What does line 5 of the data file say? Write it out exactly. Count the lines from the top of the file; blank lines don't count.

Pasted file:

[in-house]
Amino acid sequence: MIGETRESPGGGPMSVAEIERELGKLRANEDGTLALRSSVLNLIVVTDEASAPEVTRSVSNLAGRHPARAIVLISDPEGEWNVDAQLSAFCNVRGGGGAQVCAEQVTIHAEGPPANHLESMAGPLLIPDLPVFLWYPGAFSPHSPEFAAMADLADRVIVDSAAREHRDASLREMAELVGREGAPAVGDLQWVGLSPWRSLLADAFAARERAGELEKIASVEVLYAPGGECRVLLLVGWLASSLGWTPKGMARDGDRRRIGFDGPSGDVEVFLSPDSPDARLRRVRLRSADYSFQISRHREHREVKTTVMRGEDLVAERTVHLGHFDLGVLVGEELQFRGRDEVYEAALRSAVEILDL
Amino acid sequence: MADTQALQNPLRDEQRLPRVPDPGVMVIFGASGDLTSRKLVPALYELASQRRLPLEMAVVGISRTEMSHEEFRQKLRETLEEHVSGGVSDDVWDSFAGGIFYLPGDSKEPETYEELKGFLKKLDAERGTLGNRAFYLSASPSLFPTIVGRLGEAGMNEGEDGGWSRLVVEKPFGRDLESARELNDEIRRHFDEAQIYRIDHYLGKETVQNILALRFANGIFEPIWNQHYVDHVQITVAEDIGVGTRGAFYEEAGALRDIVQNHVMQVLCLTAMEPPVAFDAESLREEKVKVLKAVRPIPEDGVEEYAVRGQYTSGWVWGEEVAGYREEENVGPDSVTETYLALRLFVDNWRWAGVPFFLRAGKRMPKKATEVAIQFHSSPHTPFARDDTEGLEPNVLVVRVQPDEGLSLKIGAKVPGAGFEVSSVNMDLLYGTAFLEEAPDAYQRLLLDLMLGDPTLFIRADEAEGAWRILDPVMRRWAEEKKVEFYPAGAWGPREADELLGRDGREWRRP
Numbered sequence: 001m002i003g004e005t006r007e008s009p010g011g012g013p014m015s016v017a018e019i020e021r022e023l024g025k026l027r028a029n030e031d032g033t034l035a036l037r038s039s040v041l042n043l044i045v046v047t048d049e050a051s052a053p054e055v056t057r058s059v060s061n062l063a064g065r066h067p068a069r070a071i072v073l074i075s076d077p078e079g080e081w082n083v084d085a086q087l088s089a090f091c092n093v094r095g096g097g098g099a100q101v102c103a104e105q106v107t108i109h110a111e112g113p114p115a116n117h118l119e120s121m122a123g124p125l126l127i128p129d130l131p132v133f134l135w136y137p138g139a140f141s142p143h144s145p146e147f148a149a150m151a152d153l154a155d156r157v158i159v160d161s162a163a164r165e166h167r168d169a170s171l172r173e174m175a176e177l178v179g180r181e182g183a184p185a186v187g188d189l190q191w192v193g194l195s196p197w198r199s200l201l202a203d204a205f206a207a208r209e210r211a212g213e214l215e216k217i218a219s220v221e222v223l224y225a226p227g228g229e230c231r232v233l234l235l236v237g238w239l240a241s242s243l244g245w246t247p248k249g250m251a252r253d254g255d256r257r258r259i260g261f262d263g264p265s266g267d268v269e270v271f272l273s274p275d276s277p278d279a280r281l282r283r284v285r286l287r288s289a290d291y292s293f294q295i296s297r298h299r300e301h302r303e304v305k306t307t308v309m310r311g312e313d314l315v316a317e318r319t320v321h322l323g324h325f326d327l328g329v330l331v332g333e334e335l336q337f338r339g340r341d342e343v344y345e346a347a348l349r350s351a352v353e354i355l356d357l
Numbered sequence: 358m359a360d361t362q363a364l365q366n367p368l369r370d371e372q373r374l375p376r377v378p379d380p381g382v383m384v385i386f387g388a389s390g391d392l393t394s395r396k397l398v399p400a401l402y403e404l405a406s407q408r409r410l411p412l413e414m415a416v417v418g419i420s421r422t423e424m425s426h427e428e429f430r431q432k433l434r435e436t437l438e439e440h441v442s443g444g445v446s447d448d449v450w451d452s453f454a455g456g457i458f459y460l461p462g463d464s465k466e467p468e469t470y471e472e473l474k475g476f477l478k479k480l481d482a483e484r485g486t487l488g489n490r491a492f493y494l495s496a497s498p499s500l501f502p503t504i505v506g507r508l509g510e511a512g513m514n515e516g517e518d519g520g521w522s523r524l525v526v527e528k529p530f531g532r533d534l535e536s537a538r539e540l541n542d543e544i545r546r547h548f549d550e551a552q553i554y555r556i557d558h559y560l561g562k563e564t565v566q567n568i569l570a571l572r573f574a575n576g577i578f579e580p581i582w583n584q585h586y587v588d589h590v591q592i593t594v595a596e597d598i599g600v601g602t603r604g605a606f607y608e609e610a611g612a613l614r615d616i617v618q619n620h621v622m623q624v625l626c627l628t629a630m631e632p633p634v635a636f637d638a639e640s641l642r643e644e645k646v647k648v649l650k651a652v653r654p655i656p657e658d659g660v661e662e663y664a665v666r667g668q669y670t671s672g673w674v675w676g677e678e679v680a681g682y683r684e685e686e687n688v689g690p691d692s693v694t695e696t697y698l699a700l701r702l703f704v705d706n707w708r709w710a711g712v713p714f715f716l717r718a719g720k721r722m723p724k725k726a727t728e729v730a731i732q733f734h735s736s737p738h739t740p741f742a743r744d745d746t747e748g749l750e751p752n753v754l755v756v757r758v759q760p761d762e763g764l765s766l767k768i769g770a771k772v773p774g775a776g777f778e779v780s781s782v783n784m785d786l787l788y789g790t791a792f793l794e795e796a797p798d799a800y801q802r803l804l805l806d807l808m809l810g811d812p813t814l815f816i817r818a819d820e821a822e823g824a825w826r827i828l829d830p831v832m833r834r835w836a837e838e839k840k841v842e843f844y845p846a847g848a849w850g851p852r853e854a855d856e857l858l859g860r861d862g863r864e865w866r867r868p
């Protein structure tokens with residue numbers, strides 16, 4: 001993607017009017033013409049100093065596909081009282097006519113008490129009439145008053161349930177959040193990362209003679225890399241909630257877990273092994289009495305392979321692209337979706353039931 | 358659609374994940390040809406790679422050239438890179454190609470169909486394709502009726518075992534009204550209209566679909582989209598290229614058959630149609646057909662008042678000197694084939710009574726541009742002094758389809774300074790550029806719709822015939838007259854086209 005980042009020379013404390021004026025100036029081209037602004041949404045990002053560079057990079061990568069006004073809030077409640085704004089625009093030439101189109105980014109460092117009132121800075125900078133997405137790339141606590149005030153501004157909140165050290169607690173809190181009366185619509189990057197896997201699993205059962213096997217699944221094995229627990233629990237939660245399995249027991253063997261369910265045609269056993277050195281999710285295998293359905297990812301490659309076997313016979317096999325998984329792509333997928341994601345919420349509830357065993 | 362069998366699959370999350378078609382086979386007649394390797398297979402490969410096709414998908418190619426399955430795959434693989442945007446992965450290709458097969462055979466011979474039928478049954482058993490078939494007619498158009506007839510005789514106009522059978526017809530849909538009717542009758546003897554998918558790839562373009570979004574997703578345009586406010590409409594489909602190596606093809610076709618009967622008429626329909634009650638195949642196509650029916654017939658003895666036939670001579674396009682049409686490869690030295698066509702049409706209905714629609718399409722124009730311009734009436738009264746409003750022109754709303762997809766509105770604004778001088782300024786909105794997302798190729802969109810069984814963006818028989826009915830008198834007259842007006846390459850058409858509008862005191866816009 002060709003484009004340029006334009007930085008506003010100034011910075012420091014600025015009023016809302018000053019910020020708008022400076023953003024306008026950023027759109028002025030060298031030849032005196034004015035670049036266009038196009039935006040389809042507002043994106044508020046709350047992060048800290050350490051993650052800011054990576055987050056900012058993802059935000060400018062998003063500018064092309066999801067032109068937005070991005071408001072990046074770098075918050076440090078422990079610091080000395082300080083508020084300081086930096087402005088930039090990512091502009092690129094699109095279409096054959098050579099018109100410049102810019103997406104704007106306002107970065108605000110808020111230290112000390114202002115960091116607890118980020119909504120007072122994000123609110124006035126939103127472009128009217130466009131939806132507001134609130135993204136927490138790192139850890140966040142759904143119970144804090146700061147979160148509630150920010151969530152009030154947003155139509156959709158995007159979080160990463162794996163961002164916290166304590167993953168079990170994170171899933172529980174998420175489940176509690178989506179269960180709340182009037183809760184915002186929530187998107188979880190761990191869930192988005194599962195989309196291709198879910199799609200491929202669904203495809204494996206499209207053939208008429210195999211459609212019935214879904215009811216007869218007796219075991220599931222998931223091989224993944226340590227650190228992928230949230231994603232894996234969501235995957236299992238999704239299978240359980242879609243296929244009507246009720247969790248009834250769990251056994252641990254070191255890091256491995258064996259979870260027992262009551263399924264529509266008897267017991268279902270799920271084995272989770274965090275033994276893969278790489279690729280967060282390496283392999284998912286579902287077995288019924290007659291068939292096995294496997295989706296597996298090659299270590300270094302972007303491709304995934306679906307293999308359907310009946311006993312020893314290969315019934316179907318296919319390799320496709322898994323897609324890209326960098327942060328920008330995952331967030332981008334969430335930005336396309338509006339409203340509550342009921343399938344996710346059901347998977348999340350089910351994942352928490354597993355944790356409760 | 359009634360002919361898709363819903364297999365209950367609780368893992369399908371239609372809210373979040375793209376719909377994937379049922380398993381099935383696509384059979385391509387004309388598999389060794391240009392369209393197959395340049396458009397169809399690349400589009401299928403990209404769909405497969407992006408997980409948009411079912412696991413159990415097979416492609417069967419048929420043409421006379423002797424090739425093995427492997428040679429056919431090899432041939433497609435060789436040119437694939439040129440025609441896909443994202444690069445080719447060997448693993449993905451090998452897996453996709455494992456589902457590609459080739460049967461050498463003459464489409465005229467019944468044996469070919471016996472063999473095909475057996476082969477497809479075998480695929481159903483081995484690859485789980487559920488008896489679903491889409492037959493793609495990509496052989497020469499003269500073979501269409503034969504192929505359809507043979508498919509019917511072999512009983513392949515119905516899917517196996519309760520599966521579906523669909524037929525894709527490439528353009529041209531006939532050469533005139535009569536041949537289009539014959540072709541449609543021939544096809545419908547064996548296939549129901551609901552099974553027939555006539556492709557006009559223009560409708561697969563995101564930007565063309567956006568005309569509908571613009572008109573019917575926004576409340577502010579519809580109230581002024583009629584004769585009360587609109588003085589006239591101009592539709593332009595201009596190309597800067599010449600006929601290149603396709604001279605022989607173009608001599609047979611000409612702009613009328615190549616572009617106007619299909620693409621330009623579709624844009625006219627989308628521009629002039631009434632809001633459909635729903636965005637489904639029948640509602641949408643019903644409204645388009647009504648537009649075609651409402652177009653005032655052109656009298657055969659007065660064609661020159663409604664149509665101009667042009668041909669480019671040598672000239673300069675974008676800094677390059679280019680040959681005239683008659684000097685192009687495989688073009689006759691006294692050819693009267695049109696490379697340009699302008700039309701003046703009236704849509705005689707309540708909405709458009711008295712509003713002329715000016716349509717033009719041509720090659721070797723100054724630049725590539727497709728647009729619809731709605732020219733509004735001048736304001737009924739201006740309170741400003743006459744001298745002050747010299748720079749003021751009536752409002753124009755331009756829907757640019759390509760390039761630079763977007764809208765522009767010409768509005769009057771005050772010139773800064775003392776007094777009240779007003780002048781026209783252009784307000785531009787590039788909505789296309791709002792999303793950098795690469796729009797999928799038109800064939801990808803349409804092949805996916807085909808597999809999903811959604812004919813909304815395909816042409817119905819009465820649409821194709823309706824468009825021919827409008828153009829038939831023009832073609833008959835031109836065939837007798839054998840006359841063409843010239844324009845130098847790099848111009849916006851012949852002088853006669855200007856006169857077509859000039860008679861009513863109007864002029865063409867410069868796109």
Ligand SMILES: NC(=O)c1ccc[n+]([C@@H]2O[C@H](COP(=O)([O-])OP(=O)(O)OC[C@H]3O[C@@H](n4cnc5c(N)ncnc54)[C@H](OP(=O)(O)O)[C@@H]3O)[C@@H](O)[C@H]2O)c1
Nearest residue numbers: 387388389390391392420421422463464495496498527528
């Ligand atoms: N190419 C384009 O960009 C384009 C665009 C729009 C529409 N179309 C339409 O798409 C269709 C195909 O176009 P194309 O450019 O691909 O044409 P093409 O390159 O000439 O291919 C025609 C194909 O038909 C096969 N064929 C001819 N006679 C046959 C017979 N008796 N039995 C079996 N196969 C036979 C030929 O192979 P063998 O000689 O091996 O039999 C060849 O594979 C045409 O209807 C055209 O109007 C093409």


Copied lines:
Numbered sequence: 358m359a360d361t362q363a364l365q366n367p368l369r370d371e372q373r374l375p376r377v378p379d380p381g382v383m384v385i386f387g388a389s390g391d392l393t394s395r396k397l398v399p400a401l402y403e404l405a406s407q408r409r410l411p412l413e414m415a416v417v418g419i420s421r422t423e424m425s426h427e428e429f430r431q432k433l434r435e436t437l438e439e440h441v442s443g444g445v446s447d448d449v450w451d452s453f454a455g456g457i458f459y460l461p462g463d464s465k466e467p468e469t470y471e472e473l474k475g476f477l478k479k480l481d482a483e484r485g486t487l488g489n490r491a492f493y494l495s496a497s498p499s500l501f502p503t504i505v506g507r508l509g510e511a512g513m514n515e516g517e518d519g520g521w522s523r524l525v526v527e528k529p530f531g532r533d534l535e536s537a538r539e540l541n542d543e544i545r546r547h548f549d550e551a552q553i554y555r556i557d558h559y560l561g562k563e564t565v566q567n568i569l570a571l572r573f574a575n576g577i578f579e580p581i582w583n584q585h586y587v588d589h590v591q592i593t594v595a596e597d598i599g600v601g602t603r604g605a606f607y608e609e610a611g612a613l614r615d616i617v618q619n620h621v622m623q624v625l626c627l628t629a630m631e632p633p634v635a636f637d638a639e640s641l642r643e644e645k646v647k648v649l650k651a652v653r654p655i656p657e658d659g660v661e662e663y664a665v666r667g668q669y670t671s672g673w674v675w676g677e678e679v680a681g682y683r684e685e686e687n688v689g690p691d692s693v694t695e696t697y698l699a700l701r702l703f704v705d706n707w708r709w710a711g712v713p714f715f716l717r718a719g720k721r722m723p724k725k726a727t728e729v730a731i732q733f734h735s736s737p738h739t740p741f742a743r744d745d746t747e748g749l750e751p752n753v754l755v756v757r758v759q760p761d762e763g764l765s766l767k768i769g770a771k772v773p774g775a776g777f778e779v780s781s782v783n784m785d786l787l788y789g790t791a792f793l794e795e796a797p798d799a800y801q802r803l804l805l806d807l808m809l810g811d812p813t814l815f816i817r818a819d820e821a822e823g824a825w826r827i828l829d830p831v832m833r834r835w836a837e838e839k840k841v842e843f844y845p846a847g848a849w850g851p852r853e854a855d856e857l858l859g860r861d862g863r864e865w866r867r868p